“It’ll be even nicer when I’m high,” as Albey drops himself into his wheely chair and scoots into position, taking down his weed jar and grinder and everything else waiting patiently in the rolling tray. The only thing missing is The late Peace Piece, no longer with us, resting peacefully in the clearing at the end of its path. “Well technically I’m in the clearing, and the pipe’s in the woods off to the side of the path… actually, are there any paths in the backyard?” Albey pulls a leaf from a pack of rolling papers and wraps it around his D.O.P.E. pencil, his hands guided by a memory better than Albey’s own, then tears off a RAW authentic tip and begins to fold it. “There’s kind of a trail up to The Foothill, but like… I made that, and it’s pretty much unnoticeable now. Does that count?”

Whether it counts or not, Sidney now has an empty prerolled joint sticking off the end of an unsharpened pencil. He sets it down and flicks the top off the grinder with his thumb, then unscrews the lid off the jar and inhales deeply. His foot taps the floor like a dog’s when its owner scratches it behind the ear. One singular nugg’, probably big enough to make four joints, is sacrificed to the teeth of the aluminum grinder, and Albey takes a fat whiff of the flakes before going about filling his jammer. The smell of ground cannabis just hits differently than cannabis in nugget form, all the flower buds get broken up and the terpenes and chemicals and whatever the fuck are all exposed and fresh and just, just, “Aaahhhhhhhhh.

Sidney fills the preroll in no time at all, and he was wrong. The nugg’ wasn’t enough to roll four joints, only five; there’s a bunch extra. He’ll just dump it back into the jar and add to the pool of shake sitting at the bottom anyway… or mayhap he shall smoke a li’l’ extra tonight. Mayhap indeed; tolerance to cannabis is a funny thing, more mental than physical as far as Albey is concerned. He’s had sessions where, after smoking constantly for three days straight, he’d take one hit and be unable to take another, although that might have to do more with the tetrahydrocannabinol lockups in his fat cells reactivating when exposed to fresh tetrahydrocannabinol… is that how that works?

“Who gives a shit?” as Sidney twists off the end of the joint and pops the crutch between his teeth. “This ain’t my religion anymore, this is just a reward. I don’t need to know how it works, I just need to work it.”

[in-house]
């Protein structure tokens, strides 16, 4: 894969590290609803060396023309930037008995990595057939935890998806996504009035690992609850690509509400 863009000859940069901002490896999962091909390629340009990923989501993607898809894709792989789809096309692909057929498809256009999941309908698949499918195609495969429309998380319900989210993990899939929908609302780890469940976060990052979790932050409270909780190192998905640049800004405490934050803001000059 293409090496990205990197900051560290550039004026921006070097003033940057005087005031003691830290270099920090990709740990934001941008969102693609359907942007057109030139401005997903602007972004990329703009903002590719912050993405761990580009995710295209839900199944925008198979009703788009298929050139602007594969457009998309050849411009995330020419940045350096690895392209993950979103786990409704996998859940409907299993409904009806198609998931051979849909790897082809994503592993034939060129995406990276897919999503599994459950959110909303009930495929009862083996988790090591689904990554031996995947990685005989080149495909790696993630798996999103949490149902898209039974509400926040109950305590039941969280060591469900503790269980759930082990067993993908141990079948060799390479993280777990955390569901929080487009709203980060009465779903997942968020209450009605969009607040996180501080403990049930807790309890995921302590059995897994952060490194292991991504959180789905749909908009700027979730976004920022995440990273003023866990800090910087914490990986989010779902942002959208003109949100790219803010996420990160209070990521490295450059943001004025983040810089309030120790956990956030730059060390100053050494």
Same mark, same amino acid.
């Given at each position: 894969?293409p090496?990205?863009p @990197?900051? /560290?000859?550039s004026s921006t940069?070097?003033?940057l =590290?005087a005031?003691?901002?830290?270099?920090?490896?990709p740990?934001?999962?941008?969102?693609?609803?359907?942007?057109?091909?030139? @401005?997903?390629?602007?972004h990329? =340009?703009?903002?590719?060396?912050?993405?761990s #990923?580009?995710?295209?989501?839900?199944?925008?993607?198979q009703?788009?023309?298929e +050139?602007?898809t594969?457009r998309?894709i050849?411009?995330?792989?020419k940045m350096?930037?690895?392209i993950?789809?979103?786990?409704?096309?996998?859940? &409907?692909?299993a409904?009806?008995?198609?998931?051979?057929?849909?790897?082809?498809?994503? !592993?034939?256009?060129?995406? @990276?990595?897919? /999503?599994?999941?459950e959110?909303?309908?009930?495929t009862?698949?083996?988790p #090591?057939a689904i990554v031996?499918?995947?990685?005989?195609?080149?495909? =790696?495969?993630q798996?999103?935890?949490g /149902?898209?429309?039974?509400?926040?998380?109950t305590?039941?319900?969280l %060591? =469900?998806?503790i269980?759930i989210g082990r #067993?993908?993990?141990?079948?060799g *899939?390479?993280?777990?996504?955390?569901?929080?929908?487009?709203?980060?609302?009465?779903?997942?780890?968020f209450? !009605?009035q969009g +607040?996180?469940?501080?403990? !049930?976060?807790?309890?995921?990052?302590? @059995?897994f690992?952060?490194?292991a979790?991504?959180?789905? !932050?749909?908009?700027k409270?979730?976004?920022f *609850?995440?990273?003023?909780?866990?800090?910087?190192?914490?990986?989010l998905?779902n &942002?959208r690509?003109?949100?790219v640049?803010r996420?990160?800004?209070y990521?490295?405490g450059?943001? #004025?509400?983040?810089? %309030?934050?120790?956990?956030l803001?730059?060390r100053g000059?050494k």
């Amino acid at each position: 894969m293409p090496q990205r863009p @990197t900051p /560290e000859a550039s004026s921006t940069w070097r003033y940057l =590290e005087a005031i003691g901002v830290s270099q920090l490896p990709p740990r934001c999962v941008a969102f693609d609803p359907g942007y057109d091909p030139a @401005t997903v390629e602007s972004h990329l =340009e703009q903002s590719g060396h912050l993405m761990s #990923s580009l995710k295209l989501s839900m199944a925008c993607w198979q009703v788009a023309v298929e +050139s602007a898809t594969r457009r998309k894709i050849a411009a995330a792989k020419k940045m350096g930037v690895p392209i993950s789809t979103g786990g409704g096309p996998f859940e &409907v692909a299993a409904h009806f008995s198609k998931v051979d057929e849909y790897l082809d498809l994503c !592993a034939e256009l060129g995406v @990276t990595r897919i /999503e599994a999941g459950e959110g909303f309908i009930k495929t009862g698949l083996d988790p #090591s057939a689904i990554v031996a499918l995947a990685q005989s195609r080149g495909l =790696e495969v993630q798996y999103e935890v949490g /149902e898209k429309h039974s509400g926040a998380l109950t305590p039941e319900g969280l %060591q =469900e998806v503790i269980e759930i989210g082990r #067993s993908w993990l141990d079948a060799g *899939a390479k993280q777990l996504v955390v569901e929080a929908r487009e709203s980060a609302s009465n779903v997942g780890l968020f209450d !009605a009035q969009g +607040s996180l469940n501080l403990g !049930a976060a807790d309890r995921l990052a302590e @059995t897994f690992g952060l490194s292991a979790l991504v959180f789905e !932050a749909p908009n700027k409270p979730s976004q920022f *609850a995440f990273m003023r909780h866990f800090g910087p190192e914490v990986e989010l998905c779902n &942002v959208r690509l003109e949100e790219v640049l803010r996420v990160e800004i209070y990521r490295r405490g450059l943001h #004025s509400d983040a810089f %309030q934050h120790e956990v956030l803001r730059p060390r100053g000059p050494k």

According to the watch that’s not on wrist, it’s time to do just that. Albey closes the jar, closes the grinder, scoots back, and walks right out of his room without so much as turning the light off. He comes back in a second later – because he forgot his lighter, not because of the lights – and grabs his white lighter off the shelf holding his Dark Tower books, and then leaves again. Sidney comes back in a third time to turn the lights off, and he throws an arbitrary glance to his bed and notices, for the first time, the white zip-up hoodie laying in a heap next to his own black hoodie.

“Oh shit,” Albey says, letting the joint fall – he catches it in his left hand without thinking about doing it – as he walks over to his bed and picks up the garment. “Tori must have forgotten this… unless she wanted me to have it. Does it work that way?” Sidney then smells the sweatshirt as if it was a full jar of weed – it smells clean, nice, with a slight hint of… peaches? Perhaps – closing his eyes and everything. Then, as he’s wondering what possessed him to do that, he takes out his phone, scrolls the contacts, and calls Victoria. She answers on the first ring.

“What, you miss me already?”

“Nah, haven’t thought about you once, actually. Forgot you were here,” he says with a grin. “Just like you forgot your sweatshirt.”

“Ohhhhh shit, no wonder I’ve been shivering this whole time.”

“Smooth. You aren’t home yet, are you?”